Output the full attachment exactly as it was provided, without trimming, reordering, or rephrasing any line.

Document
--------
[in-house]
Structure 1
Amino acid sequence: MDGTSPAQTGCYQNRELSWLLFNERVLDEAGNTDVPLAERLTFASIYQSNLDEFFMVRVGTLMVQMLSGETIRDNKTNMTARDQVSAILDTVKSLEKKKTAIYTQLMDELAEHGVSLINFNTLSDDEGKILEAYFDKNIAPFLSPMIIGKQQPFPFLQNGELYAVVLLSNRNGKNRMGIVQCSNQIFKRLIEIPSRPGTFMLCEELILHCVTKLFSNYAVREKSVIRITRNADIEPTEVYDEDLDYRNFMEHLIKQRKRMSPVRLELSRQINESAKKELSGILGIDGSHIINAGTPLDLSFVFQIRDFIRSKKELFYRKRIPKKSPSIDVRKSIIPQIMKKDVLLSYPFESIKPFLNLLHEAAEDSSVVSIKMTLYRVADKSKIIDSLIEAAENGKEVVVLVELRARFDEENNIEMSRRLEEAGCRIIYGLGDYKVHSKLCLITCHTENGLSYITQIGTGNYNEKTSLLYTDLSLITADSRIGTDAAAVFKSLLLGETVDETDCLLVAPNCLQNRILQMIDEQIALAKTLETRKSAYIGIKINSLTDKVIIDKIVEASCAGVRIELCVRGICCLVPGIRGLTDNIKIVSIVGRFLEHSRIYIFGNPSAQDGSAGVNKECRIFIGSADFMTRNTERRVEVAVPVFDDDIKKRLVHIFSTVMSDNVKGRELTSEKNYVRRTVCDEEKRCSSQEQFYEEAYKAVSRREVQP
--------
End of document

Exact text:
[in-house]
Structure 1
Amino acid sequence: MDGTSPAQTGCYQNRELSWLLFNERVLDEAGNTDVPLAERLTFASIYQSNLDEFFMVRVGTLMVQMLSGETIRDNKTNMTARDQVSAILDTVKSLEKKKTAIYTQLMDELAEHGVSLINFNTLSDDEGKILEAYFDKNIAPFLSPMIIGKQQPFPFLQNGELYAVVLLSNRNGKNRMGIVQCSNQIFKRLIEIPSRPGTFMLCEELILHCVTKLFSNYAVREKSVIRITRNADIEPTEVYDEDLDYRNFMEHLIKQRKRMSPVRLELSRQINESAKKELSGILGIDGSHIINAGTPLDLSFVFQIRDFIRSKKELFYRKRIPKKSPSIDVRKSIIPQIMKKDVLLSYPFESIKPFLNLLHEAAEDSSVVSIKMTLYRVADKSKIIDSLIEAAENGKEVVVLVELRARFDEENNIEMSRRLEEAGCRIIYGLGDYKVHSKLCLITCHTENGLSYITQIGTGNYNEKTSLLYTDLSLITADSRIGTDAAAVFKSLLLGETVDETDCLLVAPNCLQNRILQMIDEQIALAKTLETRKSAYIGIKINSLTDKVIIDKIVEASCAGVRIELCVRGICCLVPGIRGLTDNIKIVSIVGRFLEHSRIYIFGNPSAQDGSAGVNKECRIFIGSADFMTRNTERRVEVAVPVFDDDIKKRLVHIFSTVMSDNVKGRELTSEKNYVRRTVCDEEKRCSSQEQFYEEAYKAVSRREVQP